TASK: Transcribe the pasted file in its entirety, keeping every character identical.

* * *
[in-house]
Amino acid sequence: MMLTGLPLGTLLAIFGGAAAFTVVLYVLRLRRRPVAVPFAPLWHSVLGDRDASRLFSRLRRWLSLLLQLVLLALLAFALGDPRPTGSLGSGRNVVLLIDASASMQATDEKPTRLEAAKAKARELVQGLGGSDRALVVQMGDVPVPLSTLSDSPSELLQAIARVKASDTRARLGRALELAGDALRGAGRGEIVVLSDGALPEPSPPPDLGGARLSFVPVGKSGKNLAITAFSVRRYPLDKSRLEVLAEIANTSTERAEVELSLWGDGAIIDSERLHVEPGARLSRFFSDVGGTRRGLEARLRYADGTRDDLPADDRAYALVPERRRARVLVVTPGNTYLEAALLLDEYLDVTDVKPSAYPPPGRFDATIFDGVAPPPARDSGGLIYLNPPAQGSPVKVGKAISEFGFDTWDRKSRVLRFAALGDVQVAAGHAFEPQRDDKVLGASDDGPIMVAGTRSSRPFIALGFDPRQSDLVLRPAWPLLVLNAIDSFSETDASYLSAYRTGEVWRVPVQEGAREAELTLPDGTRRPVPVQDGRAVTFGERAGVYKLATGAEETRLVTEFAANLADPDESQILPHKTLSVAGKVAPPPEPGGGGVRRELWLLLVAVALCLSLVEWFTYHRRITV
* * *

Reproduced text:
[in-house]
Amino acid sequence: MMLTGLPLGTLLAIFGGAAAFTVVLYVLRLRRRPVAVPFAPLWHSVLGDRDASRLFSRLRRWLSLLLQLVLLALLAFALGDPRPTGSLGSGRNVVLLIDASASMQATDEKPTRLEAAKAKARELVQGLGGSDRALVVQMGDVPVPLSTLSDSPSELLQAIARVKASDTRARLGRALELAGDALRGAGRGEIVVLSDGALPEPSPPPDLGGARLSFVPVGKSGKNLAITAFSVRRYPLDKSRLEVLAEIANTSTERAEVELSLWGDGAIIDSERLHVEPGARLSRFFSDVGGTRRGLEARLRYADGTRDDLPADDRAYALVPERRRARVLVVTPGNTYLEAALLLDEYLDVTDVKPSAYPPPGRFDATIFDGVAPPPARDSGGLIYLNPPAQGSPVKVGKAISEFGFDTWDRKSRVLRFAALGDVQVAAGHAFEPQRDDKVLGASDDGPIMVAGTRSSRPFIALGFDPRQSDLVLRPAWPLLVLNAIDSFSETDASYLSAYRTGEVWRVPVQEGAREAELTLPDGTRRPVPVQDGRAVTFGERAGVYKLATGAEETRLVTEFAANLADPDESQILPHKTLSVAGKVAPPPEPGGGGVRRELWLLLVAVALCLSLVEWFTYHRRITV